(RxWiki News) It takes a lot out of kids who run and play. They can be even more breathless if they live and exercise in an asthma hotspot, typically located in lower-income neighborhoods. Do you live in a 'hotspot'?
Asthmatic children who live in areas where breathing is a problem are twice as likely to have exercise-induced wheezing and seek medical attention, according to a recently published study.
The results showed that parents and doctors together need to be more aware in order to prevent kids from having asthma attacks and making unwarranted trips to the hospital.
"Use your inhaler as prescribed."
The study, led by Timothy Mainardi, MD, MA, past fellow at Columbia University Medical Center and currently in practice at Hudson Allergy, looked at 195 children with asthma who come from middle class families in neighborhoods across New York City over the course of a year.
The children were 7- and 8-years-old and were recruited through the Health Insurance Plan of New York that looks primarily at the middle class population. Neighborhoods in the Bronx, Brooklyn, Queens and Manhattan were considered the asthma hotspots and had more asthmatic kids.
Children were asthmatic if they wheezed, were awakened by cough at night, used medication for asthma or wheezed with exercise.
After the children had a physical examination and completed a survey on how much they wheezed during exercise, researchers compared kids' asthma rates to those who come from low-income, high-asthma neighborhoods selected through the United Hospital Fund's asthma level database.
They found that 43 percent of the kids had wheezed because of exercise at some point. Among them, a third had not used an inhaler before exercising.
About 27 percent of the asthmatic episodes ended up as urgent medical visits. Children living in places that are hotspots for asthma were twice as likely to wheeze and have trouble breathing after exercising.
They are also more likely to visit the ER or doctor's office because of these symptoms, even after looking at factors like the children's families' income, neighborhood and other factors.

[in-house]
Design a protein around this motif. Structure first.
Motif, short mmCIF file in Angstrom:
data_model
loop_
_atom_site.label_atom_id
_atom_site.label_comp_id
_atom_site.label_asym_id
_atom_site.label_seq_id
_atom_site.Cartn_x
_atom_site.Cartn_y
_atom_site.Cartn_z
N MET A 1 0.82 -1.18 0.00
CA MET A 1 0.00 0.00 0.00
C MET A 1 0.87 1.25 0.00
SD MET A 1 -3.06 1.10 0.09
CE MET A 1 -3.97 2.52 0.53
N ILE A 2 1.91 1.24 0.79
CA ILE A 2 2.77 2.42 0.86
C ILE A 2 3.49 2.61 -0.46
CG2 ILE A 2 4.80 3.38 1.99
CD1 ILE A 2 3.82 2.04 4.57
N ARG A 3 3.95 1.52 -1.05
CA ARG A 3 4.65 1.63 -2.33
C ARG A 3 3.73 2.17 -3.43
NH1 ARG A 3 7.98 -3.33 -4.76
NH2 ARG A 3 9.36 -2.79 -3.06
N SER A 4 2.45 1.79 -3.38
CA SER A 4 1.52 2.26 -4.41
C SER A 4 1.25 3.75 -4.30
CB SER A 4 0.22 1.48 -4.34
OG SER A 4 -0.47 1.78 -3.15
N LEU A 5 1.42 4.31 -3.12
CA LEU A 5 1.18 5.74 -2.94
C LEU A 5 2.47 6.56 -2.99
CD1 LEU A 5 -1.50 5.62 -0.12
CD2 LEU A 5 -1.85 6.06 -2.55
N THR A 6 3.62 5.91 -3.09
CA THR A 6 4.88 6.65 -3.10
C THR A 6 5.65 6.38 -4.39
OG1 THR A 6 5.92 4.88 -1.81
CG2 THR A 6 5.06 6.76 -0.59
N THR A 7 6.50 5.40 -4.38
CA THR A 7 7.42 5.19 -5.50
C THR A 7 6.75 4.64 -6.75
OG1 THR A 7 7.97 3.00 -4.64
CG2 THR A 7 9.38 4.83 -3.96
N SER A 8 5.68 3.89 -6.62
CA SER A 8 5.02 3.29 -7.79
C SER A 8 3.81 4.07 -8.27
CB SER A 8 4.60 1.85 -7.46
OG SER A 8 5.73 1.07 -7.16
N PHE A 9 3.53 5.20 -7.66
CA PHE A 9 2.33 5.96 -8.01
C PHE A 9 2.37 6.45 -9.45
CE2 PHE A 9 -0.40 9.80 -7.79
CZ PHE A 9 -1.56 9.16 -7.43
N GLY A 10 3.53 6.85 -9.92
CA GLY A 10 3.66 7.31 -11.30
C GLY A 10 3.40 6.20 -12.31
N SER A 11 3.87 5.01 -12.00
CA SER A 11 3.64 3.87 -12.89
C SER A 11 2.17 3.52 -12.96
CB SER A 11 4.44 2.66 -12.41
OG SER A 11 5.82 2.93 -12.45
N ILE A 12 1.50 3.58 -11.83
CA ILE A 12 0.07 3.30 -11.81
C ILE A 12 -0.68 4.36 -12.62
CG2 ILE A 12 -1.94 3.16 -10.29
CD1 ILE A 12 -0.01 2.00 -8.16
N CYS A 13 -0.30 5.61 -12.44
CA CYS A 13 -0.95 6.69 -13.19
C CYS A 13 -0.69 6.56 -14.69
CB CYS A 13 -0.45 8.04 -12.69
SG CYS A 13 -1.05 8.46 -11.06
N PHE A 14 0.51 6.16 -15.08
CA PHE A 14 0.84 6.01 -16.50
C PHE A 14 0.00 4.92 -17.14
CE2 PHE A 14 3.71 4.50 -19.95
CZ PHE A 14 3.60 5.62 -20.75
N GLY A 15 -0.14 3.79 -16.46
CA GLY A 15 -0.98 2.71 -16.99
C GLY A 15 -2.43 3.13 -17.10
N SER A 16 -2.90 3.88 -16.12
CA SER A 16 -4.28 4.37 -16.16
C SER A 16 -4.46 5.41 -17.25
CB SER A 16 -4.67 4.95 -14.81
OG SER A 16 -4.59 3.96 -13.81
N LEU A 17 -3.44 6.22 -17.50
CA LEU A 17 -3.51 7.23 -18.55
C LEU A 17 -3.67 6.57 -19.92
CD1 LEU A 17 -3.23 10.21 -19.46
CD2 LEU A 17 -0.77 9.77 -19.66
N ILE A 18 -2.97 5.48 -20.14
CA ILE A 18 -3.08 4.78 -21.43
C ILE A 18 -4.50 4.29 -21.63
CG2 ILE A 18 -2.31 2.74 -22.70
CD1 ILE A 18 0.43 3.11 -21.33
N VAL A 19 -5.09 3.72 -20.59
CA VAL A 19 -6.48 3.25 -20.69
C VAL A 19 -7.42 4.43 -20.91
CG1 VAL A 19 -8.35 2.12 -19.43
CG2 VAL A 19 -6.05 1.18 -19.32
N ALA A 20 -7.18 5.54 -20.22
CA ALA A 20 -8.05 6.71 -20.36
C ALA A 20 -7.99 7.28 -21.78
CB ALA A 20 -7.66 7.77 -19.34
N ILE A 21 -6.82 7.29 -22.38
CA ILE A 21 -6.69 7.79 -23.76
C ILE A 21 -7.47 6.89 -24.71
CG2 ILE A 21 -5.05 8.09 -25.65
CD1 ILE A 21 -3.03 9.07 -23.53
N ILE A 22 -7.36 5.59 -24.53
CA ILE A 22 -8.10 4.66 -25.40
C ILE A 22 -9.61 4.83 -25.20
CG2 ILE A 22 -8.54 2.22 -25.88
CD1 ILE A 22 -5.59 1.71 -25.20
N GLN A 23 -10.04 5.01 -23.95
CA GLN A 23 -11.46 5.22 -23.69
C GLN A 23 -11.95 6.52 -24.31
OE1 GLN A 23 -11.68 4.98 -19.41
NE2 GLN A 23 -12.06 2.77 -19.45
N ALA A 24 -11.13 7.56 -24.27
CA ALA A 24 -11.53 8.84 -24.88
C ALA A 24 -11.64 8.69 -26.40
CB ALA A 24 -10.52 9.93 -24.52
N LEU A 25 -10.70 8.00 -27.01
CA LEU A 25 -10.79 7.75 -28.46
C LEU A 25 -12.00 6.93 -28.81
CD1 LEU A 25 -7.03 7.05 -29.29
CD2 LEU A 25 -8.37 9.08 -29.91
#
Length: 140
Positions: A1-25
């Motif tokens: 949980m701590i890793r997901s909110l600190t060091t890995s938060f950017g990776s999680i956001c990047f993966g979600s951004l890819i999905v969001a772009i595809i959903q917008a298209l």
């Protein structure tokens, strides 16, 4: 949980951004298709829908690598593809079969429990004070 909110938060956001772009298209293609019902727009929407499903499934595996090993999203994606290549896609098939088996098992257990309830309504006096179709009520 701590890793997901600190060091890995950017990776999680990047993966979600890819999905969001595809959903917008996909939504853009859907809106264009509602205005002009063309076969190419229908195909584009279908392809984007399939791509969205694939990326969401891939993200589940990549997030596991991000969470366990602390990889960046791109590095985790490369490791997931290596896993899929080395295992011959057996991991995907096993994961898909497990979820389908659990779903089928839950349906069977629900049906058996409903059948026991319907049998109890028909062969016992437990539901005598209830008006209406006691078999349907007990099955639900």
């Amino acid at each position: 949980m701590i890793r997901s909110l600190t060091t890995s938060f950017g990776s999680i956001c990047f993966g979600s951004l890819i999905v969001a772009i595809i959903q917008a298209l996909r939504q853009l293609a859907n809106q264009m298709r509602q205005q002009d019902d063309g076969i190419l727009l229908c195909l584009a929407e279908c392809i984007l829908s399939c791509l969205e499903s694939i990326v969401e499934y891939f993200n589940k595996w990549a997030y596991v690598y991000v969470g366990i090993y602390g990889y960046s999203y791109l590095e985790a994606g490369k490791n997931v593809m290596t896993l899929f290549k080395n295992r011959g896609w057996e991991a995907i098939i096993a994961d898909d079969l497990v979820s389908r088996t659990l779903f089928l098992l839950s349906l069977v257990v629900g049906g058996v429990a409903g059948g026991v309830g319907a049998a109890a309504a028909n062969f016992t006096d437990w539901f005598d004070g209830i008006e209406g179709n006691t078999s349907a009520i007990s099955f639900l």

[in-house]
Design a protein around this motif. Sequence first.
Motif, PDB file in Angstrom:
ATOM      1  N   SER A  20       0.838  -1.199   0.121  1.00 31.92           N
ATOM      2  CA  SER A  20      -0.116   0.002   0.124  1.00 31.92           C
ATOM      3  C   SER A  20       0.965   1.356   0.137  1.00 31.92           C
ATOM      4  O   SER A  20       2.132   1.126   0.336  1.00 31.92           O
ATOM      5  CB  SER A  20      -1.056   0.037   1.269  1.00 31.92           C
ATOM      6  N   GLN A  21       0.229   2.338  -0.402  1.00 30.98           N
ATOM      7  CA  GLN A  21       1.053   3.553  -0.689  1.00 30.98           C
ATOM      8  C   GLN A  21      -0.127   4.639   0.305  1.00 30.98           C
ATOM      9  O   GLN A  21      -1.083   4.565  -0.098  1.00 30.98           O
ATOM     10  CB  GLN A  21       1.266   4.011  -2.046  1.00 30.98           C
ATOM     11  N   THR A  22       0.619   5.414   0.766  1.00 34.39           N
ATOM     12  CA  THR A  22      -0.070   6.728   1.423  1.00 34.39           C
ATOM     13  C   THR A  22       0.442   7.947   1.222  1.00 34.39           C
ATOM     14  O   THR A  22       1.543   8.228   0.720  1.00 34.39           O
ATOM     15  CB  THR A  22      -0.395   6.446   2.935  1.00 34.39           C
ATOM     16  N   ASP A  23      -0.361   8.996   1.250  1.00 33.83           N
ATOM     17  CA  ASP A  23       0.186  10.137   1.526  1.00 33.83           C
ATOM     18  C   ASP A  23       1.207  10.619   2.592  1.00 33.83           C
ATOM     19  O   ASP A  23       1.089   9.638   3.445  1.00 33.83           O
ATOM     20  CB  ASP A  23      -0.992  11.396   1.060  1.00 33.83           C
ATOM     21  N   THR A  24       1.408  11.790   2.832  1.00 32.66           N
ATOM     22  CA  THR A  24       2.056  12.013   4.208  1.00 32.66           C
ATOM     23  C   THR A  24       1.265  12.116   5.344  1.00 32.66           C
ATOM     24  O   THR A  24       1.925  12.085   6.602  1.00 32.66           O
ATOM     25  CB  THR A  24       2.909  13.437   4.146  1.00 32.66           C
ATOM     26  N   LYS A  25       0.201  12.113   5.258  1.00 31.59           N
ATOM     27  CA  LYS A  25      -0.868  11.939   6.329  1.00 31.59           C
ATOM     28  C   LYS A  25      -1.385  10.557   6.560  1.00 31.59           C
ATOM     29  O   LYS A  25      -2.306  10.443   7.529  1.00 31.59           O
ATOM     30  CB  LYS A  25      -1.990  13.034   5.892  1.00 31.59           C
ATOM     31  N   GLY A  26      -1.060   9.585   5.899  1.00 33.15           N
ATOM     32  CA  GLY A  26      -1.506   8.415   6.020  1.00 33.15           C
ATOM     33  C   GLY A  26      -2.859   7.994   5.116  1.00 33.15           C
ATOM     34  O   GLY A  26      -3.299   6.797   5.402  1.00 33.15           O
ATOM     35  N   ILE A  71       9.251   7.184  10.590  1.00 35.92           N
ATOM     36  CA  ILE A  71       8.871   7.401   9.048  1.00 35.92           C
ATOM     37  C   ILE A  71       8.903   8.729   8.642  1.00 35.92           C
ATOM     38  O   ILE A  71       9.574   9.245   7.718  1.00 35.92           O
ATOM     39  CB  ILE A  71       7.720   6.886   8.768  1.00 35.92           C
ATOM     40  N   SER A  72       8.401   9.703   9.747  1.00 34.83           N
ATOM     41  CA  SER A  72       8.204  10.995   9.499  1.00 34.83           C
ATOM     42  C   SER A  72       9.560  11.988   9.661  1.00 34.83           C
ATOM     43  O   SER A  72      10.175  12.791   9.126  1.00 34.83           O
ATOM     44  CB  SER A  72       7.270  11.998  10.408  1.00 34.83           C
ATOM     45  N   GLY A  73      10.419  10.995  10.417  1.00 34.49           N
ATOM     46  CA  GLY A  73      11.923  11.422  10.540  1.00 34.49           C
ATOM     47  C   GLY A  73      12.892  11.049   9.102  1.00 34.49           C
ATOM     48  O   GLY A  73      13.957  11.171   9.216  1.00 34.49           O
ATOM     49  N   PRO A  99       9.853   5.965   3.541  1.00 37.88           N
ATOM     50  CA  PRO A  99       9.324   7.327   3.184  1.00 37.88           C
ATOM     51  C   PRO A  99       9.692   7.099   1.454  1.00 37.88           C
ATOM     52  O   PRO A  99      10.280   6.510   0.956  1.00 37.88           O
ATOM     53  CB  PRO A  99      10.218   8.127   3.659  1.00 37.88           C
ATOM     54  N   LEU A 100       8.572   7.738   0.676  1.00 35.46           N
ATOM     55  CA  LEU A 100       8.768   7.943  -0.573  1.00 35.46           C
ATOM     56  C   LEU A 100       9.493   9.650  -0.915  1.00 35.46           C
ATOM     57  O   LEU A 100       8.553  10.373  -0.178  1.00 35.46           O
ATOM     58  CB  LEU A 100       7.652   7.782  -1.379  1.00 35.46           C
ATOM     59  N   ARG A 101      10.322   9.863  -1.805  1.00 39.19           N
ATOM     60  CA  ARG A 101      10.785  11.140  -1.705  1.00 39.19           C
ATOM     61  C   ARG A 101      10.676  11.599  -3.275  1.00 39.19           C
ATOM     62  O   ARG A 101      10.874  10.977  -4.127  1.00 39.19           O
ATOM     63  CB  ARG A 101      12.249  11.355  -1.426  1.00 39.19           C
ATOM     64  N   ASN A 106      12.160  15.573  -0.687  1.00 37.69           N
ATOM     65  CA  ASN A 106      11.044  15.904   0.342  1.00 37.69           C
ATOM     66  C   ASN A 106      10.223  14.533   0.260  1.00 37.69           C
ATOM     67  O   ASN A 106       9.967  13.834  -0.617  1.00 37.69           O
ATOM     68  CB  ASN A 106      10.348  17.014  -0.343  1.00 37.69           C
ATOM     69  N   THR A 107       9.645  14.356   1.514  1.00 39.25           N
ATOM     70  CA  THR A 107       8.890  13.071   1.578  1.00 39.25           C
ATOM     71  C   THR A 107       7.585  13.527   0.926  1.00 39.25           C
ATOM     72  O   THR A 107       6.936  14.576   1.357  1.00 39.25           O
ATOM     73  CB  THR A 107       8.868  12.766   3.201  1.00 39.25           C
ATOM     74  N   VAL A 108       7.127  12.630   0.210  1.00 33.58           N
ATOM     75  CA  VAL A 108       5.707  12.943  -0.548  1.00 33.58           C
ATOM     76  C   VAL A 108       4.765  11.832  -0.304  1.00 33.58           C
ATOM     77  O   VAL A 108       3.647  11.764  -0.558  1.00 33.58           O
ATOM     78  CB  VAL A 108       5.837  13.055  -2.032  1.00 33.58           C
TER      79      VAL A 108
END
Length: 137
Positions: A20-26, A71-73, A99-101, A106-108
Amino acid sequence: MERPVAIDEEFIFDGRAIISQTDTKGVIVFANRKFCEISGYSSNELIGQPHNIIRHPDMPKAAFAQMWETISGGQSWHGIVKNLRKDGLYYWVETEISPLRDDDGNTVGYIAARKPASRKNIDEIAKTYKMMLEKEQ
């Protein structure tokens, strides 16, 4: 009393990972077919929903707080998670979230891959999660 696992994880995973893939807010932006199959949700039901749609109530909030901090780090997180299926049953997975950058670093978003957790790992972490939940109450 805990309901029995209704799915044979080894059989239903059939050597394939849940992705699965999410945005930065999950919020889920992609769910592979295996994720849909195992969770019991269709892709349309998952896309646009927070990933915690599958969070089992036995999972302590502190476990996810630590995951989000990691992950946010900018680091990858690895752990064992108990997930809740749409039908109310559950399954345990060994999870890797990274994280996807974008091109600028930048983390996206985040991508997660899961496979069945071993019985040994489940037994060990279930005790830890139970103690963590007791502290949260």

"Exercise-induced wheeze is very uncomfortable for children," Dr. Mainardi said in a press release.
"It can present rapidly after beginning any strenuous activity and lead quickly to respiratory symptoms, so it is not surprising that it is a factor in ER visits."
Researchers still are not sure why asthma hotspots cause more symptoms. Air pollution and allergens were eliminated as possible causes.
Differences in children's weight, level of physical activity and neighborhood conditions also didn't affect results.
"The good news is that these symptoms are preventable," Dr. Mainardi said. "Parents should talk with their doctor so they can be ready with a plan, including the use of appropriate medication such as a bronchodilator inhaler prior to exercise."
No matter where the children lived, their lung function, allergy to common triggers and occurrence of symptoms were all the same, according to co-author Matthew Perzanowski, PhD, associate professor of environmental health sciences at Columbia's Mailman School of Public Health.
"Exercise-induced symptoms may identify a distinct population of asthmatics with causes for their exacerbations yet to be determined," he said. "The important lesson is that with greater awareness and treatment, we can hope to prevent those unscheduled visits to the doctor and trips to the ER."
The authors note that the children included in the study do not fully represent all the children in their neighborhoods. They also did not look at other breathing problems such as bronchoconstriction, nor how well various treatment methods worked in helping children's asthma symptoms.
The National Institute of Environmental Health Sciences, Housing and Urban Development Healthy Homes and Lead Technical Study and the National Institutes of Health funded the study. The authors do not declare any conflicts of interest. The study was published online December 17 in the journal Pediatrics by the American Academy of Pediatrics.